Leadership Letter: You Are the Expert
 
September 1st, 2011

 

Ryan Calkins

I’m an avid reader. Books, newspapers, blogs, magazines, industry reports— you name it. I read because I love to. But I also read because I want to be informed. I want to know what’s going on in the world, what others think about issues that I’m addressing, and because it helps me understand the world beyond my own experience. And yet in spite of that, my advice for you this month is to stop reading. Correction: finish this issue of TileDealer, and then stop reading.

As business owners, executives, and sales professionals, we are under a constant barrage of information. Much of this information carries real value for us as business leaders, but we have to be judicious in the amount of time we spend mulling over the information. We assume, rightly, that availing ourselves of the best information before making a decision—on where to invest or how to plan the next marketing campaign or who to hire—will produce a better result. But then we take that assumption too far and have a hard time acting.

In business, sometimes making the wrong decision is better than making no decision at all. As an example, consider the decision-making process around new product selection. The potential benefits of a good decision can be huge, as can the consequences of a bad decision. We can all think of half a dozen lines that simply gather dust on the warehouse shelves, as well as those lines that sell like hotcakes. So we deliberate about costs, style, sizes, trims, and every other detail. Maybe we even conduct a little market research. We also think that waiting a little bit might buy us time to see what others are doing. But what happens if we take too long to make a decision? Inevitably the best lines are snatched up by our competition, and we are left with the lines no one else wanted.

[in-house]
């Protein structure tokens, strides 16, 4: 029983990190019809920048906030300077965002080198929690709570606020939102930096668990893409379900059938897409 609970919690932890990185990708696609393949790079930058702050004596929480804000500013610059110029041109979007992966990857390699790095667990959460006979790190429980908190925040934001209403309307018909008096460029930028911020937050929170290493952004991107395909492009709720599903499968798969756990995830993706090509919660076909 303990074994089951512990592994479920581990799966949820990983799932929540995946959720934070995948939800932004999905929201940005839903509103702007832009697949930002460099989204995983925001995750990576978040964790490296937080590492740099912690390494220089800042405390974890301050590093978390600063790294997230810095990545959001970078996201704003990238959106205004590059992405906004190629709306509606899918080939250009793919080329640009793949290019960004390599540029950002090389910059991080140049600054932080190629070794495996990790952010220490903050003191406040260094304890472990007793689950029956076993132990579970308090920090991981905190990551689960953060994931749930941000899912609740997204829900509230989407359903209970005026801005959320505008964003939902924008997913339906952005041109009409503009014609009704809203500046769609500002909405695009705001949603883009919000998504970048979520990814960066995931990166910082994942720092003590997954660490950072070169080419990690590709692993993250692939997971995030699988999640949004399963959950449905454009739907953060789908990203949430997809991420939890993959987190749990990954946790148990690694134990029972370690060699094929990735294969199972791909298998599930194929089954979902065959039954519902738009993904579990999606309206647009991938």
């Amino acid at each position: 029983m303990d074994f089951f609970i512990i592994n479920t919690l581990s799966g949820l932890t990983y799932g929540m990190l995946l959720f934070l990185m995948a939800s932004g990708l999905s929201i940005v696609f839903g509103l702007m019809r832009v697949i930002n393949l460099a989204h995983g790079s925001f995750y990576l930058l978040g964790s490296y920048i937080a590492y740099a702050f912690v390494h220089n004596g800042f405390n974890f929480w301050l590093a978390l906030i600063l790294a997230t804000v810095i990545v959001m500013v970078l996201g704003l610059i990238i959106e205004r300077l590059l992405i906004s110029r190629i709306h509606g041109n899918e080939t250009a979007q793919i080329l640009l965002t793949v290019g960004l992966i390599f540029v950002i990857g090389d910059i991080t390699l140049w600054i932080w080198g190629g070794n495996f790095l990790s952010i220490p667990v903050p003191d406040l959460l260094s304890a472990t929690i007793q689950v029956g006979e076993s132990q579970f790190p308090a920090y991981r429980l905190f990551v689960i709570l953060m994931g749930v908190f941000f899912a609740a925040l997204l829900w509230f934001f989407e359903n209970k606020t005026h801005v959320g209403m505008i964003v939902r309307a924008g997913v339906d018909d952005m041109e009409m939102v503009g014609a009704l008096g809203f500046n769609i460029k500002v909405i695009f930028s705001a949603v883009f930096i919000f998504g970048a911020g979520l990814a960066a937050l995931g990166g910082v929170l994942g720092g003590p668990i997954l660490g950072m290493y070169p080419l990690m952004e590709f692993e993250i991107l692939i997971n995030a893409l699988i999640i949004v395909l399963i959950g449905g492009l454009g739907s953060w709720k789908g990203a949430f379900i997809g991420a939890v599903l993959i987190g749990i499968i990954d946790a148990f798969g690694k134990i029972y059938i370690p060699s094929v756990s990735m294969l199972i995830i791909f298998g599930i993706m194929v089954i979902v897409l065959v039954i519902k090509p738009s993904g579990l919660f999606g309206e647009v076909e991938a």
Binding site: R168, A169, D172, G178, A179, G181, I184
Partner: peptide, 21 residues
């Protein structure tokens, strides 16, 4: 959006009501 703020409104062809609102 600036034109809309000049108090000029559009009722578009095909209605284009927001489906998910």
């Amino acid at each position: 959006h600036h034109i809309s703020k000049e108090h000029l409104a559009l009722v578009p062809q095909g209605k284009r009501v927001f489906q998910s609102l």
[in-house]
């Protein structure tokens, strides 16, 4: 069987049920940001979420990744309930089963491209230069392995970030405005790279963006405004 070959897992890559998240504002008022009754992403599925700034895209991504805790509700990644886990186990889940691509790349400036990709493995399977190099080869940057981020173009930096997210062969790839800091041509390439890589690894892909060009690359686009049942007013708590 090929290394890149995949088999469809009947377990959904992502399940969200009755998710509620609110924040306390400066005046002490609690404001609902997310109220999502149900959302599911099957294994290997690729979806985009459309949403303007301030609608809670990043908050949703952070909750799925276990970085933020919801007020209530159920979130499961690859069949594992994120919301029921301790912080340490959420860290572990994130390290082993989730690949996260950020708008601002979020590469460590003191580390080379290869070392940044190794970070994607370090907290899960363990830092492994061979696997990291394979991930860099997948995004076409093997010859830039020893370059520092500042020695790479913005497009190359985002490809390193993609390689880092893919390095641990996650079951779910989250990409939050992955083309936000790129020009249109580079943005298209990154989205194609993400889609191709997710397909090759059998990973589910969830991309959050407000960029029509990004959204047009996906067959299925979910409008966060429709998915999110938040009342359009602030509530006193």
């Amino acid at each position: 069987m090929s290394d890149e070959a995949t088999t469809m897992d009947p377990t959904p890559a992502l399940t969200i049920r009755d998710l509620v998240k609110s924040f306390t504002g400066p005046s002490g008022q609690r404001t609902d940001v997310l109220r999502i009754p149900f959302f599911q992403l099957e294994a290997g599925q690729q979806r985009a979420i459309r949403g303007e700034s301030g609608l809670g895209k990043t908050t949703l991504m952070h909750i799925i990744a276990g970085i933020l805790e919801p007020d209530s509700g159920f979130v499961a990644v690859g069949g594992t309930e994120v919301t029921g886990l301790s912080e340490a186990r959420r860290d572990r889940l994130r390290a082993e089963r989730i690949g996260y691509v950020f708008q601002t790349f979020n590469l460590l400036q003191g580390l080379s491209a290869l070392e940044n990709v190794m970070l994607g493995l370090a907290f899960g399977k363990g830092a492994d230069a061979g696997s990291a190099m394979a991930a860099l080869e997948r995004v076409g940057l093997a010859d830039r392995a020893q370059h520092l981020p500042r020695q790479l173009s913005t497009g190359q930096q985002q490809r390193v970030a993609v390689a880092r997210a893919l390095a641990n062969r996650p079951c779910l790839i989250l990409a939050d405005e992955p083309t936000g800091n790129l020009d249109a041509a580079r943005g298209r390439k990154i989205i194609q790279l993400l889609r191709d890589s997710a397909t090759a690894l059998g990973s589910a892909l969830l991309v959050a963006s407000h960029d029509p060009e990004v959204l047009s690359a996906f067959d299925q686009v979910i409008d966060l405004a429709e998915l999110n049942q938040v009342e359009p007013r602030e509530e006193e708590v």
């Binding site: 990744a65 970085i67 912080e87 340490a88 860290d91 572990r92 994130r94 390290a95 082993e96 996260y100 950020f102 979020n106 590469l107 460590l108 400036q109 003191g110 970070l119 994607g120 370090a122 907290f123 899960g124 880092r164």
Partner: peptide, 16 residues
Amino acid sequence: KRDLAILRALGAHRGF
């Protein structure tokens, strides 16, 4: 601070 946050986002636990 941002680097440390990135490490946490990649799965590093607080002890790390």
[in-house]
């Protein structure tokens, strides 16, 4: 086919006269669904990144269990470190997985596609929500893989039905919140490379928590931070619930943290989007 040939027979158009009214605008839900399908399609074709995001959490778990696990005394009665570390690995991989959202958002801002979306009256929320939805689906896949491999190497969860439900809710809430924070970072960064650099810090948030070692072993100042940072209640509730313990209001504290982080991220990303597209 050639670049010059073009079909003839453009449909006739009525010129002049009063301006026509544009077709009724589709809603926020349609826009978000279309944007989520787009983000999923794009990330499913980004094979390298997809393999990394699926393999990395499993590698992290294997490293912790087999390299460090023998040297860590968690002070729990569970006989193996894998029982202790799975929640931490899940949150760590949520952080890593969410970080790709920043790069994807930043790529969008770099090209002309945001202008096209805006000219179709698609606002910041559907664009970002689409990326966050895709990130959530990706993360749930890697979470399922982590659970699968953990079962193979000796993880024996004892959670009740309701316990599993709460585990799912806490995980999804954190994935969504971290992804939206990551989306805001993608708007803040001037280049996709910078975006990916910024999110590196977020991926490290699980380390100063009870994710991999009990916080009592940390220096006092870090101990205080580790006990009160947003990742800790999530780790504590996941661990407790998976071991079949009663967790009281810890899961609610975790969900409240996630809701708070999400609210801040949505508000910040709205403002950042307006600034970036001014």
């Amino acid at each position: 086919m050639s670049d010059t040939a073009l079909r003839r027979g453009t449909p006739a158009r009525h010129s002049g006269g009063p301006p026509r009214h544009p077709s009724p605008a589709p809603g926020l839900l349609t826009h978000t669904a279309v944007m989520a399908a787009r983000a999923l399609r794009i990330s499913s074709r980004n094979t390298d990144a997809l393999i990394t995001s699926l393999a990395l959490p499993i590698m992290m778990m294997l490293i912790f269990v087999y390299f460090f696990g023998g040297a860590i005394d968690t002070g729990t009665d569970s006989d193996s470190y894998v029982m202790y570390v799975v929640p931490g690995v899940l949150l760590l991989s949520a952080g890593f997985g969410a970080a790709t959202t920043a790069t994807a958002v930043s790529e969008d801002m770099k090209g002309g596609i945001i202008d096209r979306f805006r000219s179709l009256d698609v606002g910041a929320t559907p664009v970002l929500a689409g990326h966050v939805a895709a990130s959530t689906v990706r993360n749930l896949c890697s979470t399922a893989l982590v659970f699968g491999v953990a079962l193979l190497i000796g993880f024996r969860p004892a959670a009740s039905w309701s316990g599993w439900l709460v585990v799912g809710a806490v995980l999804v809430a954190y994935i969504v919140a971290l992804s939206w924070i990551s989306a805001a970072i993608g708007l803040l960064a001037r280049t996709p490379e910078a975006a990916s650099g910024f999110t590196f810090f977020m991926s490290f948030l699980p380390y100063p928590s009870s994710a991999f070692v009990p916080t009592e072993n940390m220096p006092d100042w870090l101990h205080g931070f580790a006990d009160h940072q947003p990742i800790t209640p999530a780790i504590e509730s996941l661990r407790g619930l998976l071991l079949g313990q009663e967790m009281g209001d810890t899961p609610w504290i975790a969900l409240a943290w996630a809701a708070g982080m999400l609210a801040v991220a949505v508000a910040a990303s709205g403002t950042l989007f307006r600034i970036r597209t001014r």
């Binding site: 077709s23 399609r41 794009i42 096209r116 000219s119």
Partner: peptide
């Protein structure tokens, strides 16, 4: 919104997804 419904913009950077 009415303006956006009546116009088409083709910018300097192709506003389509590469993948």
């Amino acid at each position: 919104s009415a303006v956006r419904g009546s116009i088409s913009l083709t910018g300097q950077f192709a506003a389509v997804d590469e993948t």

While picking a great tile line is a big decision, who out there is better suited to make that decision than you? Your banker? The reporter who wrote the article in the paper about the housing crisis? The interior designer who is trying to keep tabs on tile, carpet, blinds, plumbing fixtures, paint colors and countless other finishes? None of the above. You are the expert. And the same can be said for every key aspect of your business. Who better than you to decide when to add a new location or hire a new salesperson? Only you have the overall understanding of your business and the broad view of your market to be able to assess these questions. No one else is going to make these decisions for you, nor should they.

My message is pretty simple. Trust your gut. Be confident in your ability to make the right decision. Stop reading, thinking, mulling, considering, and deliberating. Start doing.

Ryan Calkins
CTDA President

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